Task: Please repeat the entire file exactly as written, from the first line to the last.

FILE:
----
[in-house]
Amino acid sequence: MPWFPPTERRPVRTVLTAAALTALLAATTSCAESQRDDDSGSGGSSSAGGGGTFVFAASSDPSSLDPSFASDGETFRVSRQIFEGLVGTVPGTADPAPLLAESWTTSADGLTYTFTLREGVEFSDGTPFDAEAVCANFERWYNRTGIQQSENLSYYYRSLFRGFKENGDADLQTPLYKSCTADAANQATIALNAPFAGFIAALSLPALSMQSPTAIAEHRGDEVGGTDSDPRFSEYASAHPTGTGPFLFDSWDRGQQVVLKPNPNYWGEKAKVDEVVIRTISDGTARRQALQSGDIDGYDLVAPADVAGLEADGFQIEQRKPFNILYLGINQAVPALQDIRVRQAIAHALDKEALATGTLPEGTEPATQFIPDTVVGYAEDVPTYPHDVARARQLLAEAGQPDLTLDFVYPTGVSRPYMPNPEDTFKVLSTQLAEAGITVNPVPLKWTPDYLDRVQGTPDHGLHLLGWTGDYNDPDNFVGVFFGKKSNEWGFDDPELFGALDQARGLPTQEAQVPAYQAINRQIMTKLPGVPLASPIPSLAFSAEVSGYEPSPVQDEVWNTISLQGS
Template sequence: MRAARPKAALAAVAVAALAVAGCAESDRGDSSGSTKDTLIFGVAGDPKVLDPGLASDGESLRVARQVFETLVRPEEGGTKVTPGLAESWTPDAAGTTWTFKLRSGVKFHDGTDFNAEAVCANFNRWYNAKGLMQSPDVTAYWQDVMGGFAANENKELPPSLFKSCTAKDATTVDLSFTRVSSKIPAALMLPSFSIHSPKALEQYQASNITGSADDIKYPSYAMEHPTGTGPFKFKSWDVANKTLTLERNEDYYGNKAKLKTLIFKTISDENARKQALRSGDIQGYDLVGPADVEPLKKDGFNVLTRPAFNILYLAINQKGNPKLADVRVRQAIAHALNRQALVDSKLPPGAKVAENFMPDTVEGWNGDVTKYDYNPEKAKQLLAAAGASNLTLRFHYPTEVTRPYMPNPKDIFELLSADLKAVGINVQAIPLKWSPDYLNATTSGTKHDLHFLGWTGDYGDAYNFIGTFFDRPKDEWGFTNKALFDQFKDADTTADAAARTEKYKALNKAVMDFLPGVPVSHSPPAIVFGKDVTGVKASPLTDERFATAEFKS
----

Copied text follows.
[in-house]
Amino acid sequence: MPWFPPTERRPVRTVLTAAALTALLAATTSCAESQRDDDSGSGGSSSAGGGGTFVFAASSDPSSLDPSFASDGETFRVSRQIFEGLVGTVPGTADPAPLLAESWTTSADGLTYTFTLREGVEFSDGTPFDAEAVCANFERWYNRTGIQQSENLSYYYRSLFRGFKENGDADLQTPLYKSCTADAANQATIALNAPFAGFIAALSLPALSMQSPTAIAEHRGDEVGGTDSDPRFSEYASAHPTGTGPFLFDSWDRGQQVVLKPNPNYWGEKAKVDEVVIRTISDGTARRQALQSGDIDGYDLVAPADVAGLEADGFQIEQRKPFNILYLGINQAVPALQDIRVRQAIAHALDKEALATGTLPEGTEPATQFIPDTVVGYAEDVPTYPHDVARARQLLAEAGQPDLTLDFVYPTGVSRPYMPNPEDTFKVLSTQLAEAGITVNPVPLKWTPDYLDRVQGTPDHGLHLLGWTGDYNDPDNFVGVFFGKKSNEWGFDDPELFGALDQARGLPTQEAQVPAYQAINRQIMTKLPGVPLASPIPSLAFSAEVSGYEPSPVQDEVWNTISLQGS
Template sequence: MRAARPKAALAAVAVAALAVAGCAESDRGDSSGSTKDTLIFGVAGDPKVLDPGLASDGESLRVARQVFETLVRPEEGGTKVTPGLAESWTPDAAGTTWTFKLRSGVKFHDGTDFNAEAVCANFNRWYNAKGLMQSPDVTAYWQDVMGGFAANENKELPPSLFKSCTAKDATTVDLSFTRVSSKIPAALMLPSFSIHSPKALEQYQASNITGSADDIKYPSYAMEHPTGTGPFKFKSWDVANKTLTLERNEDYYGNKAKLKTLIFKTISDENARKQALRSGDIQGYDLVGPADVEPLKKDGFNVLTRPAFNILYLAINQKGNPKLADVRVRQAIAHALNRQALVDSKLPPGAKVAENFMPDTVEGWNGDVTKYDYNPEKAKQLLAAAGASNLTLRFHYPTEVTRPYMPNPKDIFELLSADLKAVGINVQAIPLKWSPDYLNATTSGTKHDLHFLGWTGDYGDAYNFIGTFFDRPKDEWGFTNKALFDQFKDADTTADAAARTEKYKALNKAVMDFLPGVPVSHSPPAIVFGKDVTGVKASPLTDERFATAEFKS